4. John Weiss says:

    There is nothing in this bill, that would improve my life. I think it is nothing more, then an attempt to water down the ADA, as a way of reducing lawsuits. I spent 23 years working, after being diagnosed with MS. I never ask for any accommodation, but slowly, and steadily things improved, both a work and in public space. Unless handicapped groups start asking for change, I don’t believe it would be in our best interest.

  5. Lisa Plattner says:

    The solution for frivolous lawsuits exists already in the court processes. If a plaintiff lacks standing, as someone noted before, then that lawsuit will be thrown out.

    The solution is not to shift the burden of proof onto the injured party, particularly not one which is significantly disadvantaged, usually. The disadvantages can be monetary (being disabled is expensive enough without adding the cost of a lawyer) and physically being able to handle the additional burdens of proof in this bill.

    To make it simpler, let’s look at the ADA building codes as you would a construction code. If a building isn’t up to code, for example electrical, plumbing or other structural matters, any inspector would legally demand that be addressed immediately. There’s nothing deemed “frivolous” about that, is there? It’s a matter of public safety, and yes, it can come down to inches or things that seem little but trust me are not when you’re in a chair. A ramp that’s a little too steep, for example. Bars that are not in an accessible place. Bathroom stalls that aren’t large enough. Doors that don’t allow for ingress or egress. Why all of a sudden is it only frivolous when disabled people complain?

    All of the above matters, even with the ADA codes, still cause problems for all of us disabled people. There are plenty of buildings for example that are grandfathered in somehow because of when they were built (I can’t observe my son’s ballet lessons, for example, because there is no elevator and a long staircase). Or historical areas like the French Quarter of New Orleans which are not required to be ADA compliant. So now we are to deal with even more nonsense? What impetus will businesses have to comply? I already know: much less.

    “Get back to the real issues of society?” Excuse me, but this is one: treating disabled people as if they have the same rights to be safe in a building as anyone else, to use a bathroom or to be able to come into any building they would ordinarily be admitted to as an invitee.

    This bill is just WRONG. I hope it dies in the senate.

  6. Ian Franks says:

    Hi Ed, I agree that talking, or writing, to the offending business should always be tried before resorting to legal action. It could bring a faster resolution of the problem. Such communication will not prevent a lawsuit if agreement cannot be reached. I also agree that the ADA did not have to be amended, as this communication was already possible – just not required. The amendment seems to me to be a waste of legislative time and money!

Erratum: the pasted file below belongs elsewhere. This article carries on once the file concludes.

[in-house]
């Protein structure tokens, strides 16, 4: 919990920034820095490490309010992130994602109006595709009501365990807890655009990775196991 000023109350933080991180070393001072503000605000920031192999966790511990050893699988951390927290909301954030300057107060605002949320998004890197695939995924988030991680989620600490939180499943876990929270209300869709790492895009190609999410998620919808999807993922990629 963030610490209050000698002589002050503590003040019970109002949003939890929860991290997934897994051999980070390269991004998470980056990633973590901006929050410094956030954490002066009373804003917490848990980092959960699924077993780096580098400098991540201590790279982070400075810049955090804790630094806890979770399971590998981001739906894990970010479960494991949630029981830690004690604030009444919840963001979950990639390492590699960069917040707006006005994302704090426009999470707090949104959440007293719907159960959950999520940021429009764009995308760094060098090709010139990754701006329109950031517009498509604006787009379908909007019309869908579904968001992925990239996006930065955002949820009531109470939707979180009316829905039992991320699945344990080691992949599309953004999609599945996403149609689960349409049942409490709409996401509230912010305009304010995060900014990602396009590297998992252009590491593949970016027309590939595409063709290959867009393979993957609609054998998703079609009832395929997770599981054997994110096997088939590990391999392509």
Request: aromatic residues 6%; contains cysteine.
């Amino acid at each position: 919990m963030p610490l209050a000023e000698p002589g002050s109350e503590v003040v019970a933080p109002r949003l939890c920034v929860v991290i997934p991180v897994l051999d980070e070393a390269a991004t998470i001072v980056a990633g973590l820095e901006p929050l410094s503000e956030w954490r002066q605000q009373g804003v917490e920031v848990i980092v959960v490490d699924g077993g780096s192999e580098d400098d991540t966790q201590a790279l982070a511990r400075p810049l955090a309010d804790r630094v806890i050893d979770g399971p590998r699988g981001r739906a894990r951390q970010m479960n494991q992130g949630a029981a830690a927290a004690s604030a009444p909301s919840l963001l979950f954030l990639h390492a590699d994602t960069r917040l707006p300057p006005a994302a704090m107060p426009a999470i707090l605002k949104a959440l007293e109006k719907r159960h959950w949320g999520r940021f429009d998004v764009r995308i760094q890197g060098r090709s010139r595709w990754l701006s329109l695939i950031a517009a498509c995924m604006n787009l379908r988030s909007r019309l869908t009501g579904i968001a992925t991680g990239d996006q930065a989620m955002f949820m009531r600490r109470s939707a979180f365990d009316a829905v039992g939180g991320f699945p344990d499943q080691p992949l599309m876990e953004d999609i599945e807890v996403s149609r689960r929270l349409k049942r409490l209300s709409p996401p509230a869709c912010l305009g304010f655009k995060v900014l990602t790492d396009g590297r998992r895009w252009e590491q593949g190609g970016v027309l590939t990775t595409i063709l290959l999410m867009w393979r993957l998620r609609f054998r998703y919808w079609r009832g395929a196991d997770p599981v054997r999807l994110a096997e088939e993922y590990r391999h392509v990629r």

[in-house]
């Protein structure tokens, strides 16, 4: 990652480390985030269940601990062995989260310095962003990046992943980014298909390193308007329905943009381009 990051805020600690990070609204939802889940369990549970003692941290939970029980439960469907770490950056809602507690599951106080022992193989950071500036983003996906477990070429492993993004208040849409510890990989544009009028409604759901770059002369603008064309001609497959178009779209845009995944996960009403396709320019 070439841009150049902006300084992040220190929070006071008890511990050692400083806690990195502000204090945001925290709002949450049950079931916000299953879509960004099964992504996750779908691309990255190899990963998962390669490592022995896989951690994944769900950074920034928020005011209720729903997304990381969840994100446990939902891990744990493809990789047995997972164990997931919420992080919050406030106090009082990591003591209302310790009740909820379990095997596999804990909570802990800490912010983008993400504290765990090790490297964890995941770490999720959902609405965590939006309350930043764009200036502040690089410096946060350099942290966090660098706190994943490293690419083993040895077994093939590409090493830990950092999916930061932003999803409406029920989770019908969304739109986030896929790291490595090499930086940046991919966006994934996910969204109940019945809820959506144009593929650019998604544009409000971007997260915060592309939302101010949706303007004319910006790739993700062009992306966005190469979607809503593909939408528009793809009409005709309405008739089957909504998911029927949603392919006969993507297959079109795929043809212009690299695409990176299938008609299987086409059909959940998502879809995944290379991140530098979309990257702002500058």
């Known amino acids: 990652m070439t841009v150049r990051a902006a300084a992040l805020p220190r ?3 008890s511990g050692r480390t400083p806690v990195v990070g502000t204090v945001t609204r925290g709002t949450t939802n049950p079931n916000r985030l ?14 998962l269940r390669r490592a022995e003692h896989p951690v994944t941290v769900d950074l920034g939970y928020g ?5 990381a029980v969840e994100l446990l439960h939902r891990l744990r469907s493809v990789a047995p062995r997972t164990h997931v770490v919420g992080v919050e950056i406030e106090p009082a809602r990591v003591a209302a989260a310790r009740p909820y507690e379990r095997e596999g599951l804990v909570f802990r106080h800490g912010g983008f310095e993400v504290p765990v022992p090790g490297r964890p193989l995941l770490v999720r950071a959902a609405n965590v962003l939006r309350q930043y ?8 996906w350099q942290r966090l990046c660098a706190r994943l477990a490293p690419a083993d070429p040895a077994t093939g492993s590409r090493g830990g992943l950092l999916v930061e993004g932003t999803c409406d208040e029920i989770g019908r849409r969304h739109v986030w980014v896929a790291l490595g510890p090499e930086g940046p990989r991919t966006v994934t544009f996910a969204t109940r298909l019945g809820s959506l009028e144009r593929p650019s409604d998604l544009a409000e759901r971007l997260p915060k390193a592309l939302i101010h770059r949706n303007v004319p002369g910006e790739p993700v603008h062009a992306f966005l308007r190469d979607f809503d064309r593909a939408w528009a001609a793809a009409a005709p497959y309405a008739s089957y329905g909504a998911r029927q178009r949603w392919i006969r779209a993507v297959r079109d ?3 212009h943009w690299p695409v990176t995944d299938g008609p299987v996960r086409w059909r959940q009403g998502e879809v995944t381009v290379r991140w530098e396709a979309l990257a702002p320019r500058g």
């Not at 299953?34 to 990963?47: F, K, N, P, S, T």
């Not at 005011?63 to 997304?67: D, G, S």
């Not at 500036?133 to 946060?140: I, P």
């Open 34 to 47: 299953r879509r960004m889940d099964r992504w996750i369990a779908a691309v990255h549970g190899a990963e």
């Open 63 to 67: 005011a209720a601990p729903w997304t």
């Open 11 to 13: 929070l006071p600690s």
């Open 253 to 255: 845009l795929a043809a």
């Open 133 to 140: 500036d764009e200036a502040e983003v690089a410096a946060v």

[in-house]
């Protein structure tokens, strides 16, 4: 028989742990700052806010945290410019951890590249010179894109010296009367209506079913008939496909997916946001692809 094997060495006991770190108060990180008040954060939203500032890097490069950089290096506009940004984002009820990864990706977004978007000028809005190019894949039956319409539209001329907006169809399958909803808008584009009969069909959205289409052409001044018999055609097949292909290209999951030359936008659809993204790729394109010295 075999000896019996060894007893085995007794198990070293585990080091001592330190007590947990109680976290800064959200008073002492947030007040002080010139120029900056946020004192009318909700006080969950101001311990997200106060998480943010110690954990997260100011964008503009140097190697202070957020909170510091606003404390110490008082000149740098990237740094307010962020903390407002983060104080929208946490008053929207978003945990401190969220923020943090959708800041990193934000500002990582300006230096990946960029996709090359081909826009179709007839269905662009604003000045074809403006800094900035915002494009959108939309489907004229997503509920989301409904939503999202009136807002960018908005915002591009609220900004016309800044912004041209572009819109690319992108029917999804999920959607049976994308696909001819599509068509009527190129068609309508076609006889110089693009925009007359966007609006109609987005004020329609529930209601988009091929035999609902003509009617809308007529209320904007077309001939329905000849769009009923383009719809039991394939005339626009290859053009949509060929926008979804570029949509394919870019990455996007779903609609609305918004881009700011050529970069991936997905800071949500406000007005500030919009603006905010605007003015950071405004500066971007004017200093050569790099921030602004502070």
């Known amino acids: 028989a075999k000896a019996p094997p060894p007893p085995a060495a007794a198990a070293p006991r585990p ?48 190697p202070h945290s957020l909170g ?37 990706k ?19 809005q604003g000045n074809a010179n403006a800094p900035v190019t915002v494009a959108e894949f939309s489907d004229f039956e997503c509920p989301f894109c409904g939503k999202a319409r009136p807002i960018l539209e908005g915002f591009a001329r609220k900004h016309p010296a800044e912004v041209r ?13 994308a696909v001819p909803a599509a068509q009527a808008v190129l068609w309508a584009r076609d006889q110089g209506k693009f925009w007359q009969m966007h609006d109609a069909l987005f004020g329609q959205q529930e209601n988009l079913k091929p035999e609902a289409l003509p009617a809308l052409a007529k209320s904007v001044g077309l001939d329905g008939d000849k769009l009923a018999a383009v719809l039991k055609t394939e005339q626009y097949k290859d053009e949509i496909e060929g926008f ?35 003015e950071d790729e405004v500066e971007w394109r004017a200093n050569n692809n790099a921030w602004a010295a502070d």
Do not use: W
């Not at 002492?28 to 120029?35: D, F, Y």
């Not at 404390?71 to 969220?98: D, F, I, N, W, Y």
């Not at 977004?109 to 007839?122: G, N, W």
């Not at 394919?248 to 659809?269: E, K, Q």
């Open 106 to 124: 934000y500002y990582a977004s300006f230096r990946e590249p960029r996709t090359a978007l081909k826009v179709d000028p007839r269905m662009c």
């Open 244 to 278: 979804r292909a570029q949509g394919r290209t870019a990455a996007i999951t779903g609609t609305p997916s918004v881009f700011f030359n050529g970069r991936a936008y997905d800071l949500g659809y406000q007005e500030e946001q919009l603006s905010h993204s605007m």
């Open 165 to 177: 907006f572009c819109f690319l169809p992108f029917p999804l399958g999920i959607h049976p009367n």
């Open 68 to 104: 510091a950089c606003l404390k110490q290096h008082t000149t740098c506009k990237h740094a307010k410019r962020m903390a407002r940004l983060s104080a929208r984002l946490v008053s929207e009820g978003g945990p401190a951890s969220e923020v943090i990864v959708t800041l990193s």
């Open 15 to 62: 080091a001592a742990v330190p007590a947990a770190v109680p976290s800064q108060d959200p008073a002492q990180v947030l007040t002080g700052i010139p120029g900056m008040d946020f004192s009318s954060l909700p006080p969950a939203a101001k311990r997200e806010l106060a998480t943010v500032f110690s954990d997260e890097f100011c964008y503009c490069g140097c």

7. Cyndi says:

    Yes, frivolous lawsuits can be dismissed…but not without time, money, attorneys and acrimony. Serial litigation and litigants rarely benefit anyone but the attorneys. Abuse of a process only leads to more resistance and misdirected animosity towards those most in need of the remediation.

    Significantly, the bill requires development of a model program to promote use of alternative dispute resolution mechanisms in Title III cases involving architectural barriers. Much like the Equal Employment Opportunity Commission is an administrative first step prospective plaintiffs must pass through before filing a lawsuit regarding employment discrimination under Title VII of the Civil Rights Act of 1964, a similar first step requirement could be utilized in ADA barrier litigation. In short, lets minimize litigation as the first step and maximize constructive (no pun intended) conversation.

    I do, however, support the idea of inclusion of ADA requirements into building code inspection requirements. Pass, fail, of fix-it. This will not solve the historical building problem, but neither am I a proponent of whole sale modifications to the original character and structure of a truly historic building. Hey, it only reminds me how lucky I am not to be trying to get around in a wheelchair or scooter 100 (let alone 500) years ago. As much as I hate to miss out on the ability to tour fully or visit locations of historical vintage, typically I support their preservation as is for generations to come.

  8. paula spears says:

    My gripe is there are not many family restrooms. I am in a wheelchair and my husbands can’t enter a woman’s restroom when I need to use one.

    • Vivian Tanis says:

      Actually he can by law. My father was blind, so needed help going to a public restroom. All you need to do warn people the situation before he enters. I found usually a man would step up and offer help, so I wouldn’t have to go in, but if not, I would go in to help him.

  9. Carol says: